A considerable amount of research has been conducted to determine when a person is lying. Cues generally fall into three categories:
Verbal Language: The pace or timing of the words seems slightly off. The words don’t match the expression, or the timing will be delayed. For example, the person may say, “I like you a lot” and then smile afterward instead of simultaneously with the expression. Another cue is a mismatch between the words and the physical expression.
Body Language: Hand and leg movements will be limited and will involve movement back toward the body, as if to make the liar smaller and less visible. Eye contact may be avoided. The liar’s hands may touch his or her face, throat or mouth but won’t touch the chest or heart.
Style of Interaction: Liars tend to be defensive—they may turn away, turn their eyes away or push an object, such as a book or pen, between the interviewer and them. Because liars are uncomfortable with silence, they may fill in the space with unnecessary details. Liars may also use humor or sarcasm to avoid an outright lie.
This research is directed at others lying to us. However, equally important (or maybe even more so) is learning how to detect the lies that are the most damaging to our health and fitness—the ones we tell ourselves. Self-deception is dangerous because it enables us to ignore symptoms that can develop into chronic or nonreversible life-threatening medical conditions.
If we are to make changes that will improve our chances for a healthier life, we must be able to detect and confront self-lies. Here are three diagnostic cues to help you decide if you are lying to yourself:
Verbal Language: Your words don’t match your actions. That is, each morning you say, “I really want to lose weight,” yet by suppertime, you give yourself a second helping of meat and potatoes, and later you raid the freezer for a bowl of ice cream. You tell yourself that you are going to exercise an hour each day, yet you postpone beginning.
Body Language: Despite your assurances to yourself that you really are making changes, the numbers on the bathroom scale continue to climb. Other measures, such as blood pressure, cholesterol readings and blood sugar levels, are not improving. You underestimate the impact of poor lifestyle choices, whether they involve excessive drinking, smoking, overeating or lack of regular exercise.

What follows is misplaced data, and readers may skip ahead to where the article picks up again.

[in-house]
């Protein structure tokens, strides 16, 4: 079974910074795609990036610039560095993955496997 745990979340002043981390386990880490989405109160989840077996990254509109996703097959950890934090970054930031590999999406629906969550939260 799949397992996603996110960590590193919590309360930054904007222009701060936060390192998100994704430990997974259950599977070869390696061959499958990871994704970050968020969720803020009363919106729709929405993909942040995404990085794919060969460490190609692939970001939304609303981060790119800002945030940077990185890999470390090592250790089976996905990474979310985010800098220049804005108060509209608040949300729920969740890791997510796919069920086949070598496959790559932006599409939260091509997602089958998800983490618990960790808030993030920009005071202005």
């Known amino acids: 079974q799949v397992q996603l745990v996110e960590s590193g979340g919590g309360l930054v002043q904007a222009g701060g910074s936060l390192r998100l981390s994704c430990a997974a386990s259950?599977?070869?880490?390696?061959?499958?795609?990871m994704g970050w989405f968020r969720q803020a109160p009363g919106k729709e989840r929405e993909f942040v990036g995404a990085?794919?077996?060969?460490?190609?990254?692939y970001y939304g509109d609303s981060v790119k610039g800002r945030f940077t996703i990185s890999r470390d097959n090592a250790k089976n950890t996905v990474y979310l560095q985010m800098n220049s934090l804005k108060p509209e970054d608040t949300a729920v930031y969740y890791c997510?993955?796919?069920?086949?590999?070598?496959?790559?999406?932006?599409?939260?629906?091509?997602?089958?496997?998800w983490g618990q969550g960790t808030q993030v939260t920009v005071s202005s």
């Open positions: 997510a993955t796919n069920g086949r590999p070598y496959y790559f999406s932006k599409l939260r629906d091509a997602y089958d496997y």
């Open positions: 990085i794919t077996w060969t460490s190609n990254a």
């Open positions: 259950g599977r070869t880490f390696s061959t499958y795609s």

Style of Interaction: You dread the visit to your doctor, especially the moment when the nurse asks you to step on the scale. You are defensive with family members when they express worries about your health. You provide all sorts of plausible explanations for not losing weight or becoming more fit. You may joke about your weight as a preemptive effort to keep others from doing so.
I became an expert on the topic of self-deception because for years I was living in a body of lies. I wasn’t obese; I was simply short for my weight. But my reality changed in an instant. When I weighed myself one fateful morning, the numbers climbed to 183, and the scale broke. Standing naked on the broken scale in the harsh morning light, I was forced to admit the truth. I was obese and woefully out of shape. By telling the truth, I freed myself to make changes.
I was lucky. I made the changes before I suffered any permanent damage to my health.
about you? If you want to have a relationship with yourself based on
respect and trust, you need to be willing to have a candid and frank
discussion with yourself about the state of your health and
more big fat lies. You need to swear to tell yourself the truth, the
whole truth and nothing but the truth. In addition, you have to
commit to a lifetime of Stephen Colbert’s enlightened state of
You’ll find the effort fun, rewarding, exhilarating and
enlightening. Trust me.
Would I lie to you?
"The cruelest lies are often told in silence." Robert Louis Stevenson